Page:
Staff writer Jeffrey Goldberg of The Atlantic (formerly The Atlantic Monthly) was so incensed by the pro-Israel video that he was driven to use profanity on his blog as he mocked the Israeli government as trying to send the message that the world should "f— off." He further charged that the "cheesy and disturbing video" was an attempt by the Israeli government to hold onto the West Bank, even though Ayalon’s video clearly speaks of negotiating the boundaries for a Palestinian state. Goldberg began his blog posting:

By Noel Sheppard | August 4, 2011 | 12:23 AM EDT

The more I watch Bill Maher, the more I think he's either a complete idiot or just says moronic, inflammatory things to get attention.

His most recent absurdity, said on MSNBC's "The Ed Show" Wednesday, was that Mormonism is closer to Islam than it is to Christianity (video follows with transcript and commentary):

By Noel Sheppard | August 3, 2011 | 11:08 PM EDT

In the wake of liberal disappointment over December's budget agreement and this week's debt ceiling deal - both not including tax hikes - there's been a lot of squabbling from far-left media members about Barack Obama betraying them.

On Wednesday, AOL Huffington Post editor-in-chief Arianna Huffington told MSNBC's Lawrence O'Donnell that nobody believes the President's top priority is jobs - it's getting reelected (video follows with transcript and commentary):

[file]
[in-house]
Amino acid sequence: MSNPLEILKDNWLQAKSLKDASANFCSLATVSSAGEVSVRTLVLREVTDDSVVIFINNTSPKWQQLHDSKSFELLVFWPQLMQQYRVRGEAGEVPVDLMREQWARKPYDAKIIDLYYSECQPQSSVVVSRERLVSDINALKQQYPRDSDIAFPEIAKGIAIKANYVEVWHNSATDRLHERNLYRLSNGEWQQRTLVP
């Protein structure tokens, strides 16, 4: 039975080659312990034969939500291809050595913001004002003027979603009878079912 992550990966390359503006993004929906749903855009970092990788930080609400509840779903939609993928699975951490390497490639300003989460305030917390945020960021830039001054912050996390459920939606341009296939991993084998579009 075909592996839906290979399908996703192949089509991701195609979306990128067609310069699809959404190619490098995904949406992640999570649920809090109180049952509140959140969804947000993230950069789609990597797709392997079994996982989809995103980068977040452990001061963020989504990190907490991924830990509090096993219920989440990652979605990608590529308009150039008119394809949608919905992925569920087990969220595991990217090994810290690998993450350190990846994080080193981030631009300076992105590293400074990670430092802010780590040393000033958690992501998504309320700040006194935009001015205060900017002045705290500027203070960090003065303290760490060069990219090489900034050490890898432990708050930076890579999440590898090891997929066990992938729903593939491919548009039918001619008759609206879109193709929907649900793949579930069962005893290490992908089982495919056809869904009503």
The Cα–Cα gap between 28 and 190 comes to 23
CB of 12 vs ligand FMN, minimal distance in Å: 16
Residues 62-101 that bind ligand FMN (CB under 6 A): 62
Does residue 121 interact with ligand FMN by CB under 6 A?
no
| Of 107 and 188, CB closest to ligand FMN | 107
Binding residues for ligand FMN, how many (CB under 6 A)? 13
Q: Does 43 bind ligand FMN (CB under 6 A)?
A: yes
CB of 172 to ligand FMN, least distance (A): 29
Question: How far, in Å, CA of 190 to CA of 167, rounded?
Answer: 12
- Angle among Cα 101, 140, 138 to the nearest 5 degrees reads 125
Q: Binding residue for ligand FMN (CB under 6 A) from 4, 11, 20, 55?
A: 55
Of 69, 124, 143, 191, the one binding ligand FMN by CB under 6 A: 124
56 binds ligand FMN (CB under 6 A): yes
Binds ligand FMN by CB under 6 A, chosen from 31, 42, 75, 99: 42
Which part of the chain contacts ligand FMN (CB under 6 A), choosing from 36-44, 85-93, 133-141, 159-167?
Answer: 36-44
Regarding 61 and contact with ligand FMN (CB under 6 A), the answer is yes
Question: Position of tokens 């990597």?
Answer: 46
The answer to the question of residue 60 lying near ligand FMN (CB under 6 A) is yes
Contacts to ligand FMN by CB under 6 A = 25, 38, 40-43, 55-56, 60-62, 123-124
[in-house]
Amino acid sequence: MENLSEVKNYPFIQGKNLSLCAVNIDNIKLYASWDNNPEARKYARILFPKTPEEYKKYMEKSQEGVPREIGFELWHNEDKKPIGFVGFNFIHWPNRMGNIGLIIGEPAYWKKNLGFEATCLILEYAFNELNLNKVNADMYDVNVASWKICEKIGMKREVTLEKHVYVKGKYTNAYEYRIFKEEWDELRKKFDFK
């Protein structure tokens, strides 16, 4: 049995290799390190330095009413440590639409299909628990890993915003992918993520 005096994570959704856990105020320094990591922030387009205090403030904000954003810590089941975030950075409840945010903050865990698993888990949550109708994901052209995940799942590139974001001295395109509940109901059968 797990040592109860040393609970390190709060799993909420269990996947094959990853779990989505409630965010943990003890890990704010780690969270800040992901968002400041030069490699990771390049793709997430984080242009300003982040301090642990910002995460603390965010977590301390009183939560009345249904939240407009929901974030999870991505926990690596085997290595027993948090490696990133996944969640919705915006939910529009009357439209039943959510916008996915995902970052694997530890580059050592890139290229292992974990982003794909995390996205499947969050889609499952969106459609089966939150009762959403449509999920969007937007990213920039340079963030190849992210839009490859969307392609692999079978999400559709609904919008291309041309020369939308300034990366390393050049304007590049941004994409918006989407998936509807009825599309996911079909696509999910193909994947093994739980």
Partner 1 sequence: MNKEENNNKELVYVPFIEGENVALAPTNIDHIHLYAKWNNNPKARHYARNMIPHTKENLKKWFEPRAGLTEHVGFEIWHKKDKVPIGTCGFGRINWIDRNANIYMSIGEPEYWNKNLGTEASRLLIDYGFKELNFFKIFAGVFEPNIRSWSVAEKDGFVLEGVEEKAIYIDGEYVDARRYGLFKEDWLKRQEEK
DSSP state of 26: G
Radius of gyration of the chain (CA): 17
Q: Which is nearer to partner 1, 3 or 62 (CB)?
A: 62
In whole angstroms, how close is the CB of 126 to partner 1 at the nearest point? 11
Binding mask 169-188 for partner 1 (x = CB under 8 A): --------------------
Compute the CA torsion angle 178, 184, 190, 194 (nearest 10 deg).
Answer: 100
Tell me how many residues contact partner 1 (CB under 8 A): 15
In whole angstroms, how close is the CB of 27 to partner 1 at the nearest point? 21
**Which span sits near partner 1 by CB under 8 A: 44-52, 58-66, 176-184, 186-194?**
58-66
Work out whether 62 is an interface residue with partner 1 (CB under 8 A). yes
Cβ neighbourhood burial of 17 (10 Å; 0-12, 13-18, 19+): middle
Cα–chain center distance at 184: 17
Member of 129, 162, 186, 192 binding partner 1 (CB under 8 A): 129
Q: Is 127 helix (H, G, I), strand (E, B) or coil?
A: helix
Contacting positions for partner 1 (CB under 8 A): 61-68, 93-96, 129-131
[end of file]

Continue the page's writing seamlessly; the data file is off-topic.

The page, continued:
By Tom Blumer | August 3, 2011 | 9:33 PM EDT

If we're to believe Paul Wiseman and David K. Randall at the Associated Press in their Wednesday afternoon report on the economy, all of the alleged solutions which might shake the U.S. economy out of its weakness either aren't available or no one has the will to try them: stimulus, infrastructure projects, jobs programs, or another round of quantitative easing. Oh, and governments are damaging the economy by "cutting at all levels."

There's nothing, they tell us -- nothing! -- besides those supposed tried and true prescriptions which could possibly improve things. To them, everything that happened in the 1980s under Ronald Reagan must be a mirage, a fairy tale that never happened. As a result, they note, our economy is starting to resemble Japan's. The fact that Japan has been in its current malaise since the 1990s because of rampant overstimulation just doesn't compute to them.

By Noel Sheppard | August 3, 2011 | 8:59 PM EDT

The media attacks on the Tea Party are becoming truly deplorable.

On Wednesday, MSNBC's Martin Bashir actually brought on an addiction specialist to analyze the nation's most powerful conservative movement, and his opinions were nothing less than vile (video follows with transcript and commentary):

By Jack Coleman | August 3, 2011 | 7:19 PM EDT

Huffington Post's Howard Fineman veered into left-wing heresy on the Rachel Maddow show the other night. Fortunately, another leftist was on hand to point out Fineman's apostasy, which he duly renounced.

You see, over in MSNBC land, nothing is worse than the tea party -- or "teabaggers" as more unhinged guests such as ambulance chaser Mike Papantonio still like calling them. To MSNBCers, the tea party represents all that's bad in America -- racism, greed, xenophobia, bad fashion, poor spelling, the works.

So it was a bit of a shock to hear Fineman on Friday comparing tea partiers to previously venerated -- at least on the left -- protesters who occupied campus administration buildings way back in the swinging '60s, man. (video after page break)